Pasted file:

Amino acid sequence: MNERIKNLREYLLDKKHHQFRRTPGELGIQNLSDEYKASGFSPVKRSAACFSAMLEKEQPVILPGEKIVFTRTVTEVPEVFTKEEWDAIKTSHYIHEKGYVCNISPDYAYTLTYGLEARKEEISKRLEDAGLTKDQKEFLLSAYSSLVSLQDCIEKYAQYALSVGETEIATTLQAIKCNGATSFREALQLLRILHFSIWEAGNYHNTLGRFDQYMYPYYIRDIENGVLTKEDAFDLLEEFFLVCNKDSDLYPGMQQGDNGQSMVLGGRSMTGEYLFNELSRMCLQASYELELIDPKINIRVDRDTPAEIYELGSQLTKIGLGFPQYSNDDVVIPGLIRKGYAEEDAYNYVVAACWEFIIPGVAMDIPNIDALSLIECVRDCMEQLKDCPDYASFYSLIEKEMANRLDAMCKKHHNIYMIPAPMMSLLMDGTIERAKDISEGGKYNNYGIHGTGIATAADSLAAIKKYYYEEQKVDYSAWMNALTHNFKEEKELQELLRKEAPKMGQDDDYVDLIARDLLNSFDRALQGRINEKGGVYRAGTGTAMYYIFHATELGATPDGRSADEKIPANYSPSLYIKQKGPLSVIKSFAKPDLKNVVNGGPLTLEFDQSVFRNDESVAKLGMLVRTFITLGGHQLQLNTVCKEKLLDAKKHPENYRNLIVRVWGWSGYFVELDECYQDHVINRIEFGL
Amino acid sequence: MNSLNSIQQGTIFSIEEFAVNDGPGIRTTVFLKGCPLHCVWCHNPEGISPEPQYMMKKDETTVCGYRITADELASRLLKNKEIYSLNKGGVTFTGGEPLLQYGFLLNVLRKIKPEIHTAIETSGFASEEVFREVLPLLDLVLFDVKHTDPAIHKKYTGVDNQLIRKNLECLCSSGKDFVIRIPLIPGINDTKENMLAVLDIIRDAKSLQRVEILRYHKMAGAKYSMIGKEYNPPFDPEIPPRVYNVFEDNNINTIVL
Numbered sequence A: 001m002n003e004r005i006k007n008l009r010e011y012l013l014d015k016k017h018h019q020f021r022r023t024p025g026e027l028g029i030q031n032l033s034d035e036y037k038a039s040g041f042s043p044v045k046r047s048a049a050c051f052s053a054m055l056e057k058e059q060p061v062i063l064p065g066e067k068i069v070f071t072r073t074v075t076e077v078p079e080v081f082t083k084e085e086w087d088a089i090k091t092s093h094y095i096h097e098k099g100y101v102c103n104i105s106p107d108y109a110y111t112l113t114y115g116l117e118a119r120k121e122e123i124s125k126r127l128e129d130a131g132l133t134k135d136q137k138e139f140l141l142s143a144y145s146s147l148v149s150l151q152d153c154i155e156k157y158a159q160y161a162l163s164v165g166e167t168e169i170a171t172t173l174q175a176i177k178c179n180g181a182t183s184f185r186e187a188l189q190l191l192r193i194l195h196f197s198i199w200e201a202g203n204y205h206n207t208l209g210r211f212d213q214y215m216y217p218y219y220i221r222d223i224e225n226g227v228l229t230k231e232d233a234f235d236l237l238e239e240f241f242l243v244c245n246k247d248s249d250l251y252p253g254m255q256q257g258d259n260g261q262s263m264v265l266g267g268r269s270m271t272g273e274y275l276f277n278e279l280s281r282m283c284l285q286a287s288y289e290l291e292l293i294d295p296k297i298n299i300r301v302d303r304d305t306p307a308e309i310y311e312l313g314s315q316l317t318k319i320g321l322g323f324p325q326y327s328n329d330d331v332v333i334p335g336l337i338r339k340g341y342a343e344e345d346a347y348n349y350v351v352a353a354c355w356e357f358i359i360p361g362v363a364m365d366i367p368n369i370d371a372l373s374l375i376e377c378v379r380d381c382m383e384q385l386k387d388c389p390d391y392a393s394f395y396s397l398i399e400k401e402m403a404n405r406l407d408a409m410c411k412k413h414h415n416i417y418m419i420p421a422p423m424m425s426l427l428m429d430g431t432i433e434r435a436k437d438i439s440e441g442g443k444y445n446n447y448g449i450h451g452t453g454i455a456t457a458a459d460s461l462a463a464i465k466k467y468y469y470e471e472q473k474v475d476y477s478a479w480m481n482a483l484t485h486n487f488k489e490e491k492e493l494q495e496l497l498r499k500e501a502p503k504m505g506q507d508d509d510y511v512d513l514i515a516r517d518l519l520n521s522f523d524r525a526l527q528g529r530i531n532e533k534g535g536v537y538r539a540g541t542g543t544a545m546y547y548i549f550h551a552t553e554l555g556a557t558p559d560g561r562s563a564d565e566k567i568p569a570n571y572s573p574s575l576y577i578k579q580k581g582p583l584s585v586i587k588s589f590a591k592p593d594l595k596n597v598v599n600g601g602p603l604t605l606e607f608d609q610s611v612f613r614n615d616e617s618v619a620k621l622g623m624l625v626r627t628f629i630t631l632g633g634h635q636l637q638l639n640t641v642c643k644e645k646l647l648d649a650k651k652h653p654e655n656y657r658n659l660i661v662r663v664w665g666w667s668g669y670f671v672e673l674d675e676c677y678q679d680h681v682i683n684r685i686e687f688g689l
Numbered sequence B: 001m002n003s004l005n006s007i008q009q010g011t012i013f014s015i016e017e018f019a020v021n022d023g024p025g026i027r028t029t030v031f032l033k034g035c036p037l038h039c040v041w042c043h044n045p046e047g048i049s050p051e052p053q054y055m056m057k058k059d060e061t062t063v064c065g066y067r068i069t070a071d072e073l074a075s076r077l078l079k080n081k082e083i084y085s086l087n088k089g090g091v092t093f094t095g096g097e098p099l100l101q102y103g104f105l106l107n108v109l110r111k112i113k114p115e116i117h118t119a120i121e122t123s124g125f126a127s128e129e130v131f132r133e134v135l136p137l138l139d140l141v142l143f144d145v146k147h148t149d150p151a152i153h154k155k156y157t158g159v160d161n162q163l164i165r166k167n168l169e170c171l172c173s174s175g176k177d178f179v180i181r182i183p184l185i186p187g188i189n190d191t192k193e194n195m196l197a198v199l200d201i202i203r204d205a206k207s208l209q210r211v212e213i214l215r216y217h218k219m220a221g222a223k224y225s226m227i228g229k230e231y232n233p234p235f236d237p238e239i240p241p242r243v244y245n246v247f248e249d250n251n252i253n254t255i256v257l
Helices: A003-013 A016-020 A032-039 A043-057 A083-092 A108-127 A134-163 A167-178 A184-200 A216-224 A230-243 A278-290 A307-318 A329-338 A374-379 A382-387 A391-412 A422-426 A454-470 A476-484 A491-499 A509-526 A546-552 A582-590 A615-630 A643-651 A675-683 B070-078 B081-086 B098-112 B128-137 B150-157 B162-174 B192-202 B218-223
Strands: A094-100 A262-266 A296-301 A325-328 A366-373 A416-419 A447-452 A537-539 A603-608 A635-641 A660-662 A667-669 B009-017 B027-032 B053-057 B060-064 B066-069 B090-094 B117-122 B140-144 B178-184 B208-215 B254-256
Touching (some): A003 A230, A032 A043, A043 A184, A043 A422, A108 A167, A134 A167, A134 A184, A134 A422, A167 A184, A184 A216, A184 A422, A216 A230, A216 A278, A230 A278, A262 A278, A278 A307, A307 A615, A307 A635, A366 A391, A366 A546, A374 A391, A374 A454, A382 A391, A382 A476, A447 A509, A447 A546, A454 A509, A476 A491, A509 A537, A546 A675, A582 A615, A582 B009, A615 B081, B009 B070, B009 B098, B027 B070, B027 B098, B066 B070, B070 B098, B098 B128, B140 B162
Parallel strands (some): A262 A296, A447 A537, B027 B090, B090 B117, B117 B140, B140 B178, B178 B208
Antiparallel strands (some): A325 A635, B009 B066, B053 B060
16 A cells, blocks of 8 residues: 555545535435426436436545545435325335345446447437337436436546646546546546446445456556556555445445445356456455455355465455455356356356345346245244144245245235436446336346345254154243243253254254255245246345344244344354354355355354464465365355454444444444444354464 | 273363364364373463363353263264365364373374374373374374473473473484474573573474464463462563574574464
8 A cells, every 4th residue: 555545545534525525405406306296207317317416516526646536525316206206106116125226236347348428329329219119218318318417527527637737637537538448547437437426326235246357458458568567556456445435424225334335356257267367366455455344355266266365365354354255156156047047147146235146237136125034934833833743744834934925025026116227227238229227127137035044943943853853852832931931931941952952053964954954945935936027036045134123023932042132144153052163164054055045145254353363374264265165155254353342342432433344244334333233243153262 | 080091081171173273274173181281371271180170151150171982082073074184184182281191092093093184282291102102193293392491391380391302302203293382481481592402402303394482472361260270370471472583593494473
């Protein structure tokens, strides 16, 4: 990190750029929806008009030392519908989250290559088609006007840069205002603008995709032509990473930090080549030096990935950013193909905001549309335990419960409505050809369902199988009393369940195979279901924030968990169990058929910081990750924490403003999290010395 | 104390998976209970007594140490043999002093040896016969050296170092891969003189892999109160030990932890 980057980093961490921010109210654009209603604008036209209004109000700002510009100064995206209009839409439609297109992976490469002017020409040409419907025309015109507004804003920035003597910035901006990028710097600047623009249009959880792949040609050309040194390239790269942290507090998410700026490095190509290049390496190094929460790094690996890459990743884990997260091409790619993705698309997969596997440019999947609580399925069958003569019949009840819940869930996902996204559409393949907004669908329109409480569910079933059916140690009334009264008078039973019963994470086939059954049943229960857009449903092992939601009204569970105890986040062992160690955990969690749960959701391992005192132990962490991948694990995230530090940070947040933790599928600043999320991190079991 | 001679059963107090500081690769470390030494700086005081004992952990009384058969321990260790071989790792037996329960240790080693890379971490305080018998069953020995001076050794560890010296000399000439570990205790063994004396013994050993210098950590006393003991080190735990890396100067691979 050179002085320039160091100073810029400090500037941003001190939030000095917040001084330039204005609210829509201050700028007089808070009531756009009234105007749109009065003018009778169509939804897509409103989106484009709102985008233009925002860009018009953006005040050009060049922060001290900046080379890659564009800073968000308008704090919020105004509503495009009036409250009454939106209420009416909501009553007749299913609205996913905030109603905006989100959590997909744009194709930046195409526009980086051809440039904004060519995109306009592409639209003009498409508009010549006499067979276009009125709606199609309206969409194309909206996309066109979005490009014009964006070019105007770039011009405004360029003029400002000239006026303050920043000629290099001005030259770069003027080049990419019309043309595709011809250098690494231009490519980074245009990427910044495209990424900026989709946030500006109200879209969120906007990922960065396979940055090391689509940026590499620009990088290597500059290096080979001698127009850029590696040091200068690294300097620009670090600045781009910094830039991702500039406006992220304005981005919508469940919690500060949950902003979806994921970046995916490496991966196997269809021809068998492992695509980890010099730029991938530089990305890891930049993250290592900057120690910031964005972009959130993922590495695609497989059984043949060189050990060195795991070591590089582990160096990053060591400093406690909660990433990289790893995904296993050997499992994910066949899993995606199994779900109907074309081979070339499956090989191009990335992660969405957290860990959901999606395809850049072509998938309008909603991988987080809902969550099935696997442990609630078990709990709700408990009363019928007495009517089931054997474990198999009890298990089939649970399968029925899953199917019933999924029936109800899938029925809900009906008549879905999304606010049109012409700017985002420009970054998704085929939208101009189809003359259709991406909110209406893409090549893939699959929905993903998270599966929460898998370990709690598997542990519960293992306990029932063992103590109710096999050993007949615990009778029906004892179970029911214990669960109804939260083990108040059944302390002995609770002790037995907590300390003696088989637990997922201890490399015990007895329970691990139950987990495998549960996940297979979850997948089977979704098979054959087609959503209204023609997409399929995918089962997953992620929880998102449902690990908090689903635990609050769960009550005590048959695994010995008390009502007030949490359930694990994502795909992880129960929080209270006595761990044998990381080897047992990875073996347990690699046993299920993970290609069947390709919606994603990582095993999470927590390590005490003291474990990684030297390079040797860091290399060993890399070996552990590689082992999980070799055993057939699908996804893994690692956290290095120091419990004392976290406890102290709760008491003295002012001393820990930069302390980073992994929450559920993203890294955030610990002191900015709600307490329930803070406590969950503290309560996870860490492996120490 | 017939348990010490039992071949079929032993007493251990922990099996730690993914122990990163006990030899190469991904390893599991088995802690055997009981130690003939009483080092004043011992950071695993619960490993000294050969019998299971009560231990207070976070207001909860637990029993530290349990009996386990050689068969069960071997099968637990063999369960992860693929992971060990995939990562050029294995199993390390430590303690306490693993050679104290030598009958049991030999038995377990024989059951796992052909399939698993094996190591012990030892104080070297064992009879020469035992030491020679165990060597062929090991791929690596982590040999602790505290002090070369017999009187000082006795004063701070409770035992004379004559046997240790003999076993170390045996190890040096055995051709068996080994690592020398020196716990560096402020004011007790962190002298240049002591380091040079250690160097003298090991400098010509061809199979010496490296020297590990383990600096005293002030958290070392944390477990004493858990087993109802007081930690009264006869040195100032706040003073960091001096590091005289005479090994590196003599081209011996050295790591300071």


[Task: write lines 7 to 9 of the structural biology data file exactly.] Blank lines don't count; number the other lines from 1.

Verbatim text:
Touching (some): A003 A230, A032 A043, A043 A184, A043 A422, A108 A167, A134 A167, A134 A184, A134 A422, A167 A184, A184 A216, A184 A422, A216 A230, A216 A278, A230 A278, A262 A278, A278 A307, A307 A615, A307 A635, A366 A391, A366 A546, A374 A391, A374 A454, A382 A391, A382 A476, A447 A509, A447 A546, A454 A509, A476 A491, A509 A537, A546 A675, A582 A615, A582 B009, A615 B081, B009 B070, B009 B098, B027 B070, B027 B098, B066 B070, B070 B098, B098 B128, B140 B162
Parallel strands (some): A262 A296, A447 A537, B027 B090, B090 B117, B117 B140, B140 B178, B178 B208
Antiparallel strands (some): A325 A635, B009 B066, B053 B060